David Ackerman shows how a London parish said ‘Thank you, for everything’


Platinum Jubilee celebrations for Her Majesty the Queen took place at St John’s Church, Kensal Green, as they did throughout the Commonwealth. At St John’s, Accession Day (2nd February) marked the moment of the Queen’s Accession to the throne in 1952 with tree planting and presentation of Jubilee mugs by the Representative Lieutenant for Westminster, Kevin Traverse-Healy. The trees were recorded as a part of The Queen’s Green Canopy and in addition to those formally planted by Mr Traverse-Healy, two ornamental cherry trees were gifted by the Sakura Trust, celebrating Anglo-Japanese relations. Later, as a part of national celebrations at the beginning of June, it was the Commonwealth of Nations which took centre stage as new stained glass was unveiled, and blessed on Pentecost Sunday by the Bishop of Fulham.

Designed and made by John Reyntiens, whose glass in Westminster Hall was the gift of Parliament in Her Majesty’s Diamond Jubilee year in 2012, ‘The Flowers of the Commonwealth’ are a fitting tribute to The Queen’s life of service, role as sovereign of many nations, and example to so many. The idea of the design came to me when thinking about how the present day reality of the parish could add to the “story of the church”. The two circular windows at the west end of the church were only added in the 1940s following bomb damage. It was important to retain the glass and frames. So many who worship in the church are from the Commonwealth or are their descendants. The design therefore not only brings people together but celebrates the Queen’s example of bringing nations and their peoples together and Her Majesty’s role in shaping and leading the Commonwealth of nations. At the beginning of her reign, the Queen said the Commonwealth of Nations was a ‘new conception of an equal partnership of nations and races I shall give myself heart and soul every day of my life’. Our windows embody that vision and promise, It is refreshing to see unity within diversity and an example of how creativity can unite rather than divide people. At the heart of the rose windows are roses which look to the beginnings of the parish, they are from the coat of Arms of All Souls’ Oxford which donated the land upon which St Johns is built and donated £2,000 to the cost of the project. We see then in these beautiful designs something of the past, the present, and above all a lasting tribute to an extraordinary reign.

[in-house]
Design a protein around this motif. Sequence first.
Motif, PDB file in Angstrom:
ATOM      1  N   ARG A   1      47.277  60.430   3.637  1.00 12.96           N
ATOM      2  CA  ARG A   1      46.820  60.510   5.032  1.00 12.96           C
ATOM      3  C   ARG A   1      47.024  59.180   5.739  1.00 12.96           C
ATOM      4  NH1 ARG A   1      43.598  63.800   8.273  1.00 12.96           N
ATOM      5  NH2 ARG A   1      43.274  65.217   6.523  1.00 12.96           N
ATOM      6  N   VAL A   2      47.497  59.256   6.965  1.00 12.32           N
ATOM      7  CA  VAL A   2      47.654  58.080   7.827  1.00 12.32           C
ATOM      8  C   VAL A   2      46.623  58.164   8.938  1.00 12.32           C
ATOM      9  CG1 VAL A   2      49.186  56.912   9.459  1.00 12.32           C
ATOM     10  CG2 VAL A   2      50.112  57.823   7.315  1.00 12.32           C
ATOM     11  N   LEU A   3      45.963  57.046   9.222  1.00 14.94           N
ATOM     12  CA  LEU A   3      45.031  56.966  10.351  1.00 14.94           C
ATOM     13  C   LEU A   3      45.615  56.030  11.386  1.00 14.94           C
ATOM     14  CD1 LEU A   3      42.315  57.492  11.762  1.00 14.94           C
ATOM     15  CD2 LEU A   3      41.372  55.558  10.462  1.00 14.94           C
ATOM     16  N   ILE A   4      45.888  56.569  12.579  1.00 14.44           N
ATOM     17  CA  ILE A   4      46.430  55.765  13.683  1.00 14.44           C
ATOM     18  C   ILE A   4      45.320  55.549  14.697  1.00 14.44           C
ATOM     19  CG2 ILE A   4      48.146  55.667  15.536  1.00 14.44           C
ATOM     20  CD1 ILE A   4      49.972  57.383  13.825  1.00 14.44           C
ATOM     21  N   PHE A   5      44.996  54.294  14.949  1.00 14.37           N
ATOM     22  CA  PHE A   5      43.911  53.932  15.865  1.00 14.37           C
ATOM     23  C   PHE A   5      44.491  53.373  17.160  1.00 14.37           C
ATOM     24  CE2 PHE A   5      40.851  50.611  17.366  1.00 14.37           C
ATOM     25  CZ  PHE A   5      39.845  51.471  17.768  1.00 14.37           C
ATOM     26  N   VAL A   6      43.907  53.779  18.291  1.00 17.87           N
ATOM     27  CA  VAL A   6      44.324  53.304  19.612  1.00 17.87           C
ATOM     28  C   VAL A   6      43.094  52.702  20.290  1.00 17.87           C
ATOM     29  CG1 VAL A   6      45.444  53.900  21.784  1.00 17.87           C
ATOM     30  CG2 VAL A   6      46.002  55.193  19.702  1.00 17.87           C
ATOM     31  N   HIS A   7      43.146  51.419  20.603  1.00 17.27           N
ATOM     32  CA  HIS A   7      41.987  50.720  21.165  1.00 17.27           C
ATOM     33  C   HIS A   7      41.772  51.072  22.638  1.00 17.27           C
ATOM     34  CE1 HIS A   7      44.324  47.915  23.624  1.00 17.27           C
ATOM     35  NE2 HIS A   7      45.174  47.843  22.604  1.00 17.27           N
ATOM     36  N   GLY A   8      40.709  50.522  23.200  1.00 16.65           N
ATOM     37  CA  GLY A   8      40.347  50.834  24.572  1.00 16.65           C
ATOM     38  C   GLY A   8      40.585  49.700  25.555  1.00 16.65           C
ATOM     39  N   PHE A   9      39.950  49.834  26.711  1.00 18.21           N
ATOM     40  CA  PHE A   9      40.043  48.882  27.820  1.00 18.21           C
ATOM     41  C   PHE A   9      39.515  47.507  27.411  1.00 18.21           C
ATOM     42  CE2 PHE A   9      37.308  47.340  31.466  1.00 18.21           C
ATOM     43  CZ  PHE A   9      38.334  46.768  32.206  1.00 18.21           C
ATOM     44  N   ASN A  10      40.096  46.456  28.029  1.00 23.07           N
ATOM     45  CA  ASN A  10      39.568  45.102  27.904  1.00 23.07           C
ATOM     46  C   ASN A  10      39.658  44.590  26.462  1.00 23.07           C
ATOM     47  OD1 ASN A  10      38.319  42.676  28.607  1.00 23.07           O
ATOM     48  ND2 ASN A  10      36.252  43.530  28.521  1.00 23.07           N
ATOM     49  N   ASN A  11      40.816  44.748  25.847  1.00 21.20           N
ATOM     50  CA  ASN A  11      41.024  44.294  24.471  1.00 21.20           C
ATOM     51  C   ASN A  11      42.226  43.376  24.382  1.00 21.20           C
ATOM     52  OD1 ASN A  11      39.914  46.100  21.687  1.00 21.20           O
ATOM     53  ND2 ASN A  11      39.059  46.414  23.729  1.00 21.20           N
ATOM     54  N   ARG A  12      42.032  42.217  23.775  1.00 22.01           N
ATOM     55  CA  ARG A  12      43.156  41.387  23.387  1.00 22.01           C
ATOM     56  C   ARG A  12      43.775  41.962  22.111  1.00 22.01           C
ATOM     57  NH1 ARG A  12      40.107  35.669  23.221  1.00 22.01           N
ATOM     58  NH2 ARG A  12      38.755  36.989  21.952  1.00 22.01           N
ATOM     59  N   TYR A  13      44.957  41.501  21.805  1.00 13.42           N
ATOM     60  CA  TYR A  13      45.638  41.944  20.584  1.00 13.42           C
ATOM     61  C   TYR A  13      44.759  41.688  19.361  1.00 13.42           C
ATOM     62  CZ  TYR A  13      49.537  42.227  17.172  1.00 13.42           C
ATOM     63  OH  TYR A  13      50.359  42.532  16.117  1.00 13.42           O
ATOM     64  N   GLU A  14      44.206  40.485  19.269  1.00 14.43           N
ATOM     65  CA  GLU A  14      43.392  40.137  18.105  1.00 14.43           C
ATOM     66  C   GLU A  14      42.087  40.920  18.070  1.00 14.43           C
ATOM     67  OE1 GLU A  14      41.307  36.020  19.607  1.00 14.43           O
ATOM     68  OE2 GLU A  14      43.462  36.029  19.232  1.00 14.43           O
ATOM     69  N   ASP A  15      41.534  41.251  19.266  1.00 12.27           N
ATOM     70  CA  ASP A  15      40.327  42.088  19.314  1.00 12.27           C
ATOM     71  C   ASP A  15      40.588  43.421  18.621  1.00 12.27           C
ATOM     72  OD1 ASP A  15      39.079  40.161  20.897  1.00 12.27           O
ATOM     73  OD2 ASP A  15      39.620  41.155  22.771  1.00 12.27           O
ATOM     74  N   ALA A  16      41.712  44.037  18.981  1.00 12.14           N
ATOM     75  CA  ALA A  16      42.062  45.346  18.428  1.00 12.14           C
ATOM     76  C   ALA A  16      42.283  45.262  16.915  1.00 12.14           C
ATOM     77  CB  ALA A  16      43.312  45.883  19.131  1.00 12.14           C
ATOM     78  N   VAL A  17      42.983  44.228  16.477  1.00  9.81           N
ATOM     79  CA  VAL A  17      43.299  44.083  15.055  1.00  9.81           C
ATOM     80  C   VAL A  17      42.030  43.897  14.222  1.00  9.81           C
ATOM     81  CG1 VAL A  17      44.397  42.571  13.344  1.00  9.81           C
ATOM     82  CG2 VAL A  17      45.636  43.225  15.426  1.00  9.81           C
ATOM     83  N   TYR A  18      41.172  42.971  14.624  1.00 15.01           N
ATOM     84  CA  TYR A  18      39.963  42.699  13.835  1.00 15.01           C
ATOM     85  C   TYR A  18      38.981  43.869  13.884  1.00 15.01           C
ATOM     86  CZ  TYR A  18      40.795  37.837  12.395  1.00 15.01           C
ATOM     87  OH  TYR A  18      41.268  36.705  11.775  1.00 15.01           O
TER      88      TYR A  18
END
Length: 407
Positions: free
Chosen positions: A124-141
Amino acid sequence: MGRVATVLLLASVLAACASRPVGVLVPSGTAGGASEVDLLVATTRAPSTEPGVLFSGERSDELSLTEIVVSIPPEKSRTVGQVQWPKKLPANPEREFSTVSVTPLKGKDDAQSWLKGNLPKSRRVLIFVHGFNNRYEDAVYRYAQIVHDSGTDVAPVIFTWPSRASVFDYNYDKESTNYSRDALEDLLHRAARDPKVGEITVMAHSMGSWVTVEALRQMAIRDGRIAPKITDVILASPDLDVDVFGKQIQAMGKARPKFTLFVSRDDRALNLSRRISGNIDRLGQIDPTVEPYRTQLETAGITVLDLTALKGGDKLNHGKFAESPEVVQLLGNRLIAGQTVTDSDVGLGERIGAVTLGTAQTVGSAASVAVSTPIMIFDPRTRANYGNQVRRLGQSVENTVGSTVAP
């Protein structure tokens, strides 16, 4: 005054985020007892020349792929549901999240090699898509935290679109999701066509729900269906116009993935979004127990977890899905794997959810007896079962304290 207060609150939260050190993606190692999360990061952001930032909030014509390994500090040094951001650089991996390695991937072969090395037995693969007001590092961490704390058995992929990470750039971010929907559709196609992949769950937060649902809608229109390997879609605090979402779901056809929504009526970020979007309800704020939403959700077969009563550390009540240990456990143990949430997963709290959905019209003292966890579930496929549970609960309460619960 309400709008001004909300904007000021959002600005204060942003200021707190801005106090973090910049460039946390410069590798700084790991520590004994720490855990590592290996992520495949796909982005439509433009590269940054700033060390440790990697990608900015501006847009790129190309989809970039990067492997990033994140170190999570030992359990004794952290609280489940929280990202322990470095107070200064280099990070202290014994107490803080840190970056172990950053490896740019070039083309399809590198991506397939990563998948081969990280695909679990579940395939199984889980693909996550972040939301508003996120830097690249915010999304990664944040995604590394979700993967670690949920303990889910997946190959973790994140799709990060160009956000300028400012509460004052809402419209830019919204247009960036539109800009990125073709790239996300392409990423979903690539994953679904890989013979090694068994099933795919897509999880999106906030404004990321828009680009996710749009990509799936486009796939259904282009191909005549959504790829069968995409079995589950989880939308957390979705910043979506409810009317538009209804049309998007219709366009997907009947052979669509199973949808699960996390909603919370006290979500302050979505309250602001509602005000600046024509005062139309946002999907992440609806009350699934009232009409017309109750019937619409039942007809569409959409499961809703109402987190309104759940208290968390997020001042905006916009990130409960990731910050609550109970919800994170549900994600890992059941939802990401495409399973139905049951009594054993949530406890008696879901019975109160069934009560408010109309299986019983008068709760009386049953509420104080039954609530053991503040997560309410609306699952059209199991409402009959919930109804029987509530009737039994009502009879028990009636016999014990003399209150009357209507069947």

The techniques we have used to translate the designs into the glass really push the boundaries of the medium of stained glass, etching flash glass, hand painting and enamelling and plating to create a wide range of intense colours. Director John Reyntiens credits this to a project we worked on for a major British artist last year, where we really developed these techniques. The results are two bright and energetic windows, full of life, reflecting both the vibrancy of the local community and congregation but also of the Commonwealth.

Whilst not all the flowers of the Commonwealth are included, we have selected a mixture from across the continents. Many in the Church’s congregation have strong Caribbean roots, so we made sure to reference flowers such as the Poinciana of St Kitts and Nevis, the Yellow Elder of the Bahamas and the Lignum Vitae of Jamaica. One of the other noteworthy flowers included is the Centurea, the national flower of Malta. After the death of the Duke of Edinburgh, the church asked if there was something we could add to remember Prince Phillip. We chose the flower of Malta as this was where Phillip was stationed for many years and where HRH and the then Princess Elizabeth lived in the early years of their marriage.

Reyntiens Glass Studio